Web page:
Thursday, March 25, 2010


 Dear insansapinas,

This is my unforgettable summer eons ago.
I could not take anymore. We were wading/walking in a shallow rivulet somewhere in a coastal area in Luzon.
My stomach was rumbling as if Manny Pacquiao was defending his championship against Clottey.
It must be the oyster. I finished a few blanched-with-hot-water-and-squeezed-with lemon-newly-gathered oysters from the farm. Oyster farm, that is according to the karinderia where we had our lunch on our way to the barrio where we would have our immersion in culture of indigenous people and at the same time reforest the denuded mountains in that province.
Kung baga forest make-over.

My classmates had already crossed the stream. I was still in the middle where water was at the waist level of a vertically challenged person like me.

They were shouting what I was doing daw? Can you guess? I said "Go ahead. I think there are some small crabs that tried to hitch in my pants. I LIED. You should have seen the dilation of my eyelids, the tremor in my lips and the raising of my brows by a fraction of an inch.

That experience taught me to bring imodium (diatabs for some)  all the time and never eat seafood when you're not sure where they came from.

We were eight in the group and there were four students who came from the elite school.
We were disappointed to know that we were not staying in the barrio; instead we were housed in a forester's house cum seed storage.
Well, it is a  two- storey structure with two big rooms at the second floor and a balcony where most of the cashew seeds for planting were stocked .
Downstairs, there was a kitchen, a dining room and a store room where farm implements were kept for ready use. The forester never stayed there. So there was no power, no water and no electric fan. Whoa.
We did the cooking outside using firewood. Muntik nang maubos yong isang puno sa forest para panggatong. Kaialangan talaga ang reforestration.
The project had funding and the youth leaders took advantage of our immersion ek-ek project before we  graduated. Two birds with one stone. The stone was as big as a basketball. toinkkk  Yon pala all expenses paid kami pati pagkain at pamasahe as long as we met the required hours. We were supposed to be staying in families in the lowlands.( That was how they called the barrio).  But we were quartered  in that God forsaken place because a member of the group accidentally heard that the male and female members of the other group were not there to plant seeds but to solve an unwanted pregnancy problem. O dava, intriga at kahindik-hindik.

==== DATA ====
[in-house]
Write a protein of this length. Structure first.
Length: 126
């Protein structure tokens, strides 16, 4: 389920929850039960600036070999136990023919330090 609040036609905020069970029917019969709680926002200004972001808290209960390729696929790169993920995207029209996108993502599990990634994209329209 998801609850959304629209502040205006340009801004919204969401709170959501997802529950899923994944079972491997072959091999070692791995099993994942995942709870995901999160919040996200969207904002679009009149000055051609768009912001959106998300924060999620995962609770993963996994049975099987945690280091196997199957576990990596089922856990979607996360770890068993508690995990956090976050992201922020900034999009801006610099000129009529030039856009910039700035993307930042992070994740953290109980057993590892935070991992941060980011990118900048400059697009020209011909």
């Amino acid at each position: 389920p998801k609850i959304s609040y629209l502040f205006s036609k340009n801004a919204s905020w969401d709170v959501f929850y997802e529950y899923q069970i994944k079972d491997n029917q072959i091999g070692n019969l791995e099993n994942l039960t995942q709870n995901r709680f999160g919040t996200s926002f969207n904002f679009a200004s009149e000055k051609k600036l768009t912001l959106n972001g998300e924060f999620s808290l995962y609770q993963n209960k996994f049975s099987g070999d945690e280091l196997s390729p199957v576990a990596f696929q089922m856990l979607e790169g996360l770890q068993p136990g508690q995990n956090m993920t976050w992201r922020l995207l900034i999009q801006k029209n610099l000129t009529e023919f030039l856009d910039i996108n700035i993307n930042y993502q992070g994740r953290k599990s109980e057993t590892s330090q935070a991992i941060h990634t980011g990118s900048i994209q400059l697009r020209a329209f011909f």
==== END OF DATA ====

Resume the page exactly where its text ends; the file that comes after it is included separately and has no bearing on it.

On our arrival to the site, we were welcomed by a long yellow snaaaaake which we found wrapped around a huge  timber that served as a bridge. I almost summon my superhero power to grow a pair wings so I can go back to the civilization. Ngiiii.

The forester came to our rescue. He assured us that it was not the kind of snake that was poisonous. Mahilig lang pumulupot. Ngiii ulit.
The mayor sent us the groceries and  dry fish for our consumption until next marketing day.Every day, the forester would bring us fresh fish and vegetables. We ordered emergency kit too with aspirin, imodium, itch cream and bandages.Kulang na lang, ipadala namin yong pharmacist.

Early morning, with hats and  walking sticks made from tiny branches of a tree, we went to the place assigned to us to plant the seeds. The walking stick helped in making hawi of the talahib, make palo of snake and other forest animals that came to our way. It also served as cane to negotiate the high places where I was tempted to sing the The Sound of Music  upon seeing the beauty below. I forgot my phobia--fear of heights.
The straw hats did not only protect us fro the heat of the sun, We also used them in gathering wild fruits , like mango (wild fruits daw oh) black berries and guava. 

We added more imodium to our requests for medicines and emergency kits.

Read more here.


No comments: